Minnesota Twins: Analysing Glen Perkins' Sudden Velocity Gain

Matt BuschCorrespondent IIIMay 19, 2011

MINNEAPOLIS, MN - APRIL 13: Glen Perkins #15 of the Minnesota Twins pitches against the Kansas City Royals during the seventh inning of their game on April 13, 2011 at Target Field in Minneapolis, Minnesota. Royals defeated the Twins 10-5. (Photo by Hannah Foslien/Getty Images)
Hannah Foslien/Getty Images

When Glen Perkins was drafted by the Minnesota Twins in the first round of the 2004 MLB Entry Draft out of the University of Minnesota, Perkins fit the mold of pitcher that the Twins have hoarded for years: A consistent strike-throwing college pitcher who can pitch to contact, but will never dominate a hitter with overpowering "stuff." 

Since taking over a bullpen role the second half of 2010, Perkins has seen a jump in velocity from his previous average fastball that sat anywhere between 88-91 mph.

This jump started last year, when Perkins would consistently throw gas on average over 90 mph and topping out at a 93 mph average.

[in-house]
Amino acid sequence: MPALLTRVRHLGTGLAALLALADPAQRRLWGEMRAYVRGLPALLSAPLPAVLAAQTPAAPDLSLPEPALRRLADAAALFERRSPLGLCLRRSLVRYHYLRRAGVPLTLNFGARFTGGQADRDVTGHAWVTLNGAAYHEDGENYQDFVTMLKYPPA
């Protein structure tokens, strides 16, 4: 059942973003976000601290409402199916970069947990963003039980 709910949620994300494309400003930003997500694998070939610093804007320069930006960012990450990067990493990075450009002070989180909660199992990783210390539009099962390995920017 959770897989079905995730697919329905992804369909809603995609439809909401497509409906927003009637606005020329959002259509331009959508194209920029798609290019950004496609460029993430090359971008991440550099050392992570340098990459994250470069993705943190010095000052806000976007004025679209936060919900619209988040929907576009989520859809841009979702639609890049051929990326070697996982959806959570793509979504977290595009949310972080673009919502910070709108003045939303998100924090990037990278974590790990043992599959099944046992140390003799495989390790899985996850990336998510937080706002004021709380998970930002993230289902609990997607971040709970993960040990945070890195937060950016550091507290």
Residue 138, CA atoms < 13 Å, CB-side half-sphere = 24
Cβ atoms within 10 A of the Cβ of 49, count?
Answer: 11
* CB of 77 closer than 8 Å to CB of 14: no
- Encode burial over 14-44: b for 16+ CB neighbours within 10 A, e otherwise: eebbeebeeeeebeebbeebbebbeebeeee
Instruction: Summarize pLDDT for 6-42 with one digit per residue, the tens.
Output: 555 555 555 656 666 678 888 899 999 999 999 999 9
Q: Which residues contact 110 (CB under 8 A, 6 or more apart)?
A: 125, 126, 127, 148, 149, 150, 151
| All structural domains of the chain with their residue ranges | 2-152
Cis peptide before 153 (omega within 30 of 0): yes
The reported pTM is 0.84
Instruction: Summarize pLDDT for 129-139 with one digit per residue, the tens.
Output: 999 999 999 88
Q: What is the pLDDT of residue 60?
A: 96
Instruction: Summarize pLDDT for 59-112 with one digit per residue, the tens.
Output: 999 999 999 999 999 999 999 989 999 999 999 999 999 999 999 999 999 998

This trend continued in 2011, but Perkins seems to have found yet another gear as his velocity has continued to be on an upward trend, including averages of over 96 mph in recent appearances.

Perkins credits this sudden surge in velocity to finally being healthy and getting past shoulder injuries the past few seasons.

This hiccup upward in fastball velocity has helped Perkins post a 0.87 ERA, along with a 1.11 WHIP over 20.2 innings this season.

Perkins has found great success with his slider this season, helping him post a career best 8.15 K/9 ratio. The slider has gotten swinging strikes at a 21 percent ratio, which has given Perkins two legit out pitches along with his improved fastball.

The slider has been effective due to hitters having to respect the fastball. If the hitters are looking for the fastball, the slider handcuffs hitters and they are able to do very little with the pitch.

The Twins have needed a pitcher to step up in the bullpen and Perkins has delivered thus far, being promoted to set-up man along with Joe Nathan.